Initial Thoughts on the ASUS EEE PC for Public Use

As a big advocate of laptops in public libraries as a way to engage community, it was a no-brainer that I would experiment with some of the latest sub-notebook class of computers, such as the Everex Cloudbook or ASUS EEE PC.   The obvious advantages would include:

  • Reduced costs:   you can pretty much buy anywhere from 3-5 subnotebooks for the price of a regular laptop.
  • Open-source alternative OS:  the “lean and mean” sub-notebook hardware begs for a linux-based operating system, creating a good opportunity to introduce your customers to non-windows alternatives at the public terminals.
  • portability:   unlike regular-sized laptops, taking a lab of 5-10 subnotebooks on the road could be done with a simple backpack (and a back to go with it).   There is a great opportunity for community technology outreach with these machines.

Step one was to convince the powers that be that I need one of these things to play with.   At a mere $399 for the ASUS EEE PC (the one I’m going to speak about today), this was an easy ask.    When it came in, there was enthusiasm all around about this machine from all levels of staff.   It looks good; it can fit in a purse; it’s sexy; it surprises the heck out of people when you say it’s dirt cheap.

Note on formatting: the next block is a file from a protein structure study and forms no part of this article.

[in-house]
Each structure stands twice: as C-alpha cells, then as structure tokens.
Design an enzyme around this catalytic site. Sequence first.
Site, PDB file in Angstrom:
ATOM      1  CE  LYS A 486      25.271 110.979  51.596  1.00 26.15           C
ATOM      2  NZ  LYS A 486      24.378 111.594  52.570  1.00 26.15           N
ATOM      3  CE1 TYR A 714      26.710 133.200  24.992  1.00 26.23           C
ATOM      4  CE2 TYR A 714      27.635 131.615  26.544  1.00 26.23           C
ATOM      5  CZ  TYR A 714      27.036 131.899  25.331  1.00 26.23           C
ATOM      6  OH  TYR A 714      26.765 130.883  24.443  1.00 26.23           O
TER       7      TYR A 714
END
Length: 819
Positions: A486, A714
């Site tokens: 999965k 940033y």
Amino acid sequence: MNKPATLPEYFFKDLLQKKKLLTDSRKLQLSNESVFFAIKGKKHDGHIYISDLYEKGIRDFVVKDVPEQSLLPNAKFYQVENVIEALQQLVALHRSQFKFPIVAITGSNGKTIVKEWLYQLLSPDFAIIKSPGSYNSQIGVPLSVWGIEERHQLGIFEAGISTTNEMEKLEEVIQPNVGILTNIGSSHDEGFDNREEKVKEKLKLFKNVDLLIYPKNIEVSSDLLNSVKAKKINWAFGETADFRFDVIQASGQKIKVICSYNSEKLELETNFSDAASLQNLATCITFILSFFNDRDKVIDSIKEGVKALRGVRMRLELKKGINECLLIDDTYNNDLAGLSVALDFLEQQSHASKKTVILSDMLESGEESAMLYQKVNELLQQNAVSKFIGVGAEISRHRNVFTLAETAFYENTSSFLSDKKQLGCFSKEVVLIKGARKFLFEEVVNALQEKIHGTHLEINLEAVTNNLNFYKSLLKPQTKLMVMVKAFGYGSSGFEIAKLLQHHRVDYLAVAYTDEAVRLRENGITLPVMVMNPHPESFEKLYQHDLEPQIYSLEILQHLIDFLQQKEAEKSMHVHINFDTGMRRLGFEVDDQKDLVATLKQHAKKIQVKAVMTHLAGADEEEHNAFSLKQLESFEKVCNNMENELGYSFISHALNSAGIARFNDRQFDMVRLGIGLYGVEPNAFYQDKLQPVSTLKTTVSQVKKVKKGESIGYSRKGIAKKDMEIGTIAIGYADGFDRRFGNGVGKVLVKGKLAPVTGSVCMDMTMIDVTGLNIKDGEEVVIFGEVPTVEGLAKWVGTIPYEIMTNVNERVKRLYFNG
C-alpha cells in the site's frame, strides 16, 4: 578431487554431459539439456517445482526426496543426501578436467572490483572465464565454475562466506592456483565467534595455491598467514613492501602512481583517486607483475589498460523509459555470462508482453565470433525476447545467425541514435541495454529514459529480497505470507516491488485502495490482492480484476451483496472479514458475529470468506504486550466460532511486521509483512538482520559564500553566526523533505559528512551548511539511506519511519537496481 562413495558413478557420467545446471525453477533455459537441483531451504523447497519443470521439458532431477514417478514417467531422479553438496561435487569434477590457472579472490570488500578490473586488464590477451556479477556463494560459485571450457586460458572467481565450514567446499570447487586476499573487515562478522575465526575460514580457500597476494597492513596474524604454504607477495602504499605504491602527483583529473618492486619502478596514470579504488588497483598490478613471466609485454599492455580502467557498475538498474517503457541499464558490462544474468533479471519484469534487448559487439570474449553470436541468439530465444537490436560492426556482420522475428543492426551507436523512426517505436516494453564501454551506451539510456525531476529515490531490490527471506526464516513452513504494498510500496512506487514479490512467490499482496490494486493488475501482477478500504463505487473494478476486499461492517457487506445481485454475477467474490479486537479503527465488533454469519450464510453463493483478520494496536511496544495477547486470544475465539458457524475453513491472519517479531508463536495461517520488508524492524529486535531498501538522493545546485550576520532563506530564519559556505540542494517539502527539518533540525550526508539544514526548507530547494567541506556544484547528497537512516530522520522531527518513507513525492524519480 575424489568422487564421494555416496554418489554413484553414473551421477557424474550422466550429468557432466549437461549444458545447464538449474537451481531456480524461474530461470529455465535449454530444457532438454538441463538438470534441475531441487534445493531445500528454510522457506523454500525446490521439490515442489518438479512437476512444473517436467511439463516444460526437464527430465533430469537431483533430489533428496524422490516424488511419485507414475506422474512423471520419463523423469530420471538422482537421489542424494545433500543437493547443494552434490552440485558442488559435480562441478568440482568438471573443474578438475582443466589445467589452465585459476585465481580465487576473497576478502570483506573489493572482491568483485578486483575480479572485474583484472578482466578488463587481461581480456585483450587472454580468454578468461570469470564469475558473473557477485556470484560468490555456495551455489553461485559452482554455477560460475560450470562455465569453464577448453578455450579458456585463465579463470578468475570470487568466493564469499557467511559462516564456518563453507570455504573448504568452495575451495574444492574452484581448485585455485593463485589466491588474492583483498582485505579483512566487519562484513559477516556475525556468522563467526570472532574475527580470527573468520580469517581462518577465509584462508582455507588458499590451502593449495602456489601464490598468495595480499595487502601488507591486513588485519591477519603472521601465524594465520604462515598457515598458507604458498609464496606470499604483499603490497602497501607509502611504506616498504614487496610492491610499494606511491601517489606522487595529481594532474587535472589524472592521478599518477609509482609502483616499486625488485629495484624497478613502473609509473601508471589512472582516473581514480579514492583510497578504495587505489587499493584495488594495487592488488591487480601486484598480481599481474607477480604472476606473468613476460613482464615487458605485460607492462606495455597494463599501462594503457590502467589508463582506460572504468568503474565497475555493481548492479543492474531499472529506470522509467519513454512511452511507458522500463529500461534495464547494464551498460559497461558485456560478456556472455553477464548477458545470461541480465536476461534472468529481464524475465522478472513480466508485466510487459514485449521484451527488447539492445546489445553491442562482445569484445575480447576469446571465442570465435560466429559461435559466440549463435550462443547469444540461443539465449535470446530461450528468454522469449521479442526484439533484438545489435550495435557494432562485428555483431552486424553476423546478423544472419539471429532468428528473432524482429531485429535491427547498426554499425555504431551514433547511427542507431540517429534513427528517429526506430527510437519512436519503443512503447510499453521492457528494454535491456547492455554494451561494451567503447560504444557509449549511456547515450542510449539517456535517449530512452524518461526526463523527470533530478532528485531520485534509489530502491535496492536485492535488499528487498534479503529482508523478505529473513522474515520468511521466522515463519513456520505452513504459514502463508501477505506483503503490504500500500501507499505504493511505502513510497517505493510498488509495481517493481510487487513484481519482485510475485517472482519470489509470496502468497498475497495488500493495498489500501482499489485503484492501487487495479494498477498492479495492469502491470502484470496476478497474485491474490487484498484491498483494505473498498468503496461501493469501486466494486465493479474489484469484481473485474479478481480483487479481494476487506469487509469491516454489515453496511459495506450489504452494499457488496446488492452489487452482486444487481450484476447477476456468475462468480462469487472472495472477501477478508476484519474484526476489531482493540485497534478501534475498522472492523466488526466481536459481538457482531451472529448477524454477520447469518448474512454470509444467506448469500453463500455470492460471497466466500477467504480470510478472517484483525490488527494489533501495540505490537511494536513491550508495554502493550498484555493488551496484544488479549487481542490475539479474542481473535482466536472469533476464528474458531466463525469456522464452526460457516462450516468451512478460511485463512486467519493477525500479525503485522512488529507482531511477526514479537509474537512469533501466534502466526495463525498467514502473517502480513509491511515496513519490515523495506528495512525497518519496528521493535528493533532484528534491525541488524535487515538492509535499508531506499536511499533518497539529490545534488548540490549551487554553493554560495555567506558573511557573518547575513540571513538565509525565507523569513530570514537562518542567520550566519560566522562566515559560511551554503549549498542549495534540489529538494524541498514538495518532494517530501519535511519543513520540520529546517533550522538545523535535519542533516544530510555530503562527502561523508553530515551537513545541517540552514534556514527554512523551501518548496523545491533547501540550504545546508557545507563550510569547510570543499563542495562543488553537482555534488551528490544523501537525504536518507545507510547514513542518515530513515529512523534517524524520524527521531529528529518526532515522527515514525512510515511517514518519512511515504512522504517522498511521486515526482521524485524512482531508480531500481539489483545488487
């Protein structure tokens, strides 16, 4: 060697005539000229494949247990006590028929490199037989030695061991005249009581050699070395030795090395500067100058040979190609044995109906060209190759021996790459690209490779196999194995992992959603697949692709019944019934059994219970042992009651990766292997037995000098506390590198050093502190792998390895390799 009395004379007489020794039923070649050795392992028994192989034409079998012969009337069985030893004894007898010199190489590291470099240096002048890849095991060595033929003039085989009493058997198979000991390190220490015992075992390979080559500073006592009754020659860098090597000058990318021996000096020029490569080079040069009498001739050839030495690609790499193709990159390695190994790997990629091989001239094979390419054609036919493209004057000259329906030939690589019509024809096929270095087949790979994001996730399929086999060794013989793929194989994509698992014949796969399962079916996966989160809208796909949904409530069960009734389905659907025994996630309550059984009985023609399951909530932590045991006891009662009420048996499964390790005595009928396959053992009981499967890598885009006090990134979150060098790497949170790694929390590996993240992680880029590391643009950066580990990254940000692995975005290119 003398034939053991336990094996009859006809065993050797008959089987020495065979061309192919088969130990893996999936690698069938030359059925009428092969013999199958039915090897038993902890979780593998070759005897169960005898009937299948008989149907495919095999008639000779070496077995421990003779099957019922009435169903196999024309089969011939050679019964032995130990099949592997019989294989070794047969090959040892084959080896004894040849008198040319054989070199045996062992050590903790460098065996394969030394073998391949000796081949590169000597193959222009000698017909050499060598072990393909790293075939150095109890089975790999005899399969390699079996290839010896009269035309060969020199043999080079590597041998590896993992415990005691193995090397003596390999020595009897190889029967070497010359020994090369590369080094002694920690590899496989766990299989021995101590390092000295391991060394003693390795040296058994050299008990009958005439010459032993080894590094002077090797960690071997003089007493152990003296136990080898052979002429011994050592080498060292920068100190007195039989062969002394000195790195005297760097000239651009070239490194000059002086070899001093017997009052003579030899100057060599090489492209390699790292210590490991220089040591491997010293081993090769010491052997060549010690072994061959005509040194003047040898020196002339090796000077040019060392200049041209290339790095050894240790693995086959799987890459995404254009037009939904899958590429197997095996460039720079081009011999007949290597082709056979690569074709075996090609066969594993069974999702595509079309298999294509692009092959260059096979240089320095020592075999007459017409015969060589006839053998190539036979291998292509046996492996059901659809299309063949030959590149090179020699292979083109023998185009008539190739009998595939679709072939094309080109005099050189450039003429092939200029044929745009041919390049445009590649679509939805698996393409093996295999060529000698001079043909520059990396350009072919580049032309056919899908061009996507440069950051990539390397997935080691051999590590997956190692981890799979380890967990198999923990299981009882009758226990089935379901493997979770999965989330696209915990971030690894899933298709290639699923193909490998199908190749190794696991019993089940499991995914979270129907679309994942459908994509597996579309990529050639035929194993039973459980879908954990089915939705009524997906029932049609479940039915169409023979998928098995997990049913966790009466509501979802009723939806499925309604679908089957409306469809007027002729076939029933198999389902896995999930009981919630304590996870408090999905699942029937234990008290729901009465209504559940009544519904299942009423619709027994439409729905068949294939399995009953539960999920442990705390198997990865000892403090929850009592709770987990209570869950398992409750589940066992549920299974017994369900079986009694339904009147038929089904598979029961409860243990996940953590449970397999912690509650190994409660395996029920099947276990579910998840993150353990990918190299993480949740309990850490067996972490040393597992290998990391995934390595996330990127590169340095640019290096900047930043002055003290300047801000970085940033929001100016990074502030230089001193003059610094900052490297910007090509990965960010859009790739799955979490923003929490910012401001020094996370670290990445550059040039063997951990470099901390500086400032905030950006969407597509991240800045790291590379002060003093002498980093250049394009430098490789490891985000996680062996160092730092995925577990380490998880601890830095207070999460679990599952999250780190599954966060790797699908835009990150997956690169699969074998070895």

The Xandros install that comes with the EEE is intuitive to most I’ve shown it to.    My initial thoughts are that Xandros is fine for most public use.

That said, having asked a few staff about its potential, there are a good number of cons that need to be considered as well:

  • the keyboard, monitor and mouse pad are way too small for anyone with hands larger than a 12 year-olds.   Libraries would almost definitely require a separate mouse and keyboard for these machines.   People with vision issues would need a separate display as well.
  • Xandros is pretty limited for all but the most basic productive uses.   One of the reasons I would want to introduce linux to the public is to have interesting and/or unique software (like noteedit, Emacs, the kde line of software, sqlite etc.) available for use, not to mention Ubuntu’s for-free Assistive Technology options.
  • Installing and configuring another system (like Ubuntu) does require someone with some linux experience (although Justin Gill has done a great job with instructions for configuring wireless in Ubuntu 8 (Hardy Heron).    I’ve also had to reconfigure the wireless after a standard update using the synaptics package manager as well.    This could be quite a pain in the long run, unless you have techie front-line staff.
  • Although not confirmed, the size of the EEE PC does make it a likely victim of a theft.